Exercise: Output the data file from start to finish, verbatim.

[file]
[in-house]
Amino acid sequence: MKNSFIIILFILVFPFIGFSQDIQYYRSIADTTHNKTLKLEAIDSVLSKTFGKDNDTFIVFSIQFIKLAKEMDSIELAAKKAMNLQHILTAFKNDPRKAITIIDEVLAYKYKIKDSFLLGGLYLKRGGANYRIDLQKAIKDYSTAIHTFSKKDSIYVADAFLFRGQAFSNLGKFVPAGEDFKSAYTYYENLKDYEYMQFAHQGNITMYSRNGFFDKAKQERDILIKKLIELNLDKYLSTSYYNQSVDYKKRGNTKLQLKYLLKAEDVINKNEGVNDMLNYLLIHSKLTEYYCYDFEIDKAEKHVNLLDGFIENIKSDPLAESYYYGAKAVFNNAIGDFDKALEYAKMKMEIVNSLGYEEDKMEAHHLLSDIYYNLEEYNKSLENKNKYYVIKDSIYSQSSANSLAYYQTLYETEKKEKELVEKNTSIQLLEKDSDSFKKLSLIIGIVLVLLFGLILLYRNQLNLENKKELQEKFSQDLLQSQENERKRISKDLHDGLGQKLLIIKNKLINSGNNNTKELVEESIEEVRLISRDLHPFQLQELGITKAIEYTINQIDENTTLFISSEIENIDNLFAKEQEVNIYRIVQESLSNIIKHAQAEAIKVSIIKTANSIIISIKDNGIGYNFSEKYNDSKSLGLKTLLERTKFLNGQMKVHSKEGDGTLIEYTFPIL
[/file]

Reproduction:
[in-house]
Amino acid sequence: MKNSFIIILFILVFPFIGFSQDIQYYRSIADTTHNKTLKLEAIDSVLSKTFGKDNDTFIVFSIQFIKLAKEMDSIELAAKKAMNLQHILTAFKNDPRKAITIIDEVLAYKYKIKDSFLLGGLYLKRGGANYRIDLQKAIKDYSTAIHTFSKKDSIYVADAFLFRGQAFSNLGKFVPAGEDFKSAYTYYENLKDYEYMQFAHQGNITMYSRNGFFDKAKQERDILIKKLIELNLDKYLSTSYYNQSVDYKKRGNTKLQLKYLLKAEDVINKNEGVNDMLNYLLIHSKLTEYYCYDFEIDKAEKHVNLLDGFIENIKSDPLAESYYYGAKAVFNNAIGDFDKALEYAKMKMEIVNSLGYEEDKMEAHHLLSDIYYNLEEYNKSLENKNKYYVIKDSIYSQSSANSLAYYQTLYETEKKEKELVEKNTSIQLLEKDSDSFKKLSLIIGIVLVLLFGLILLYRNQLNLENKKELQEKFSQDLLQSQENERKRISKDLHDGLGQKLLIIKNKLINSGNNNTKELVEESIEEVRLISRDLHPFQLQELGITKAIEYTINQIDENTTLFISSEIENIDNLFAKEQEVNIYRIVQESLSNIIKHAQAEAIKVSIIKTANSIIISIKDNGIGYNFSEKYNDSKSLGLKTLLERTKFLNGQMKVHSKEGDGTLIEYTFPIL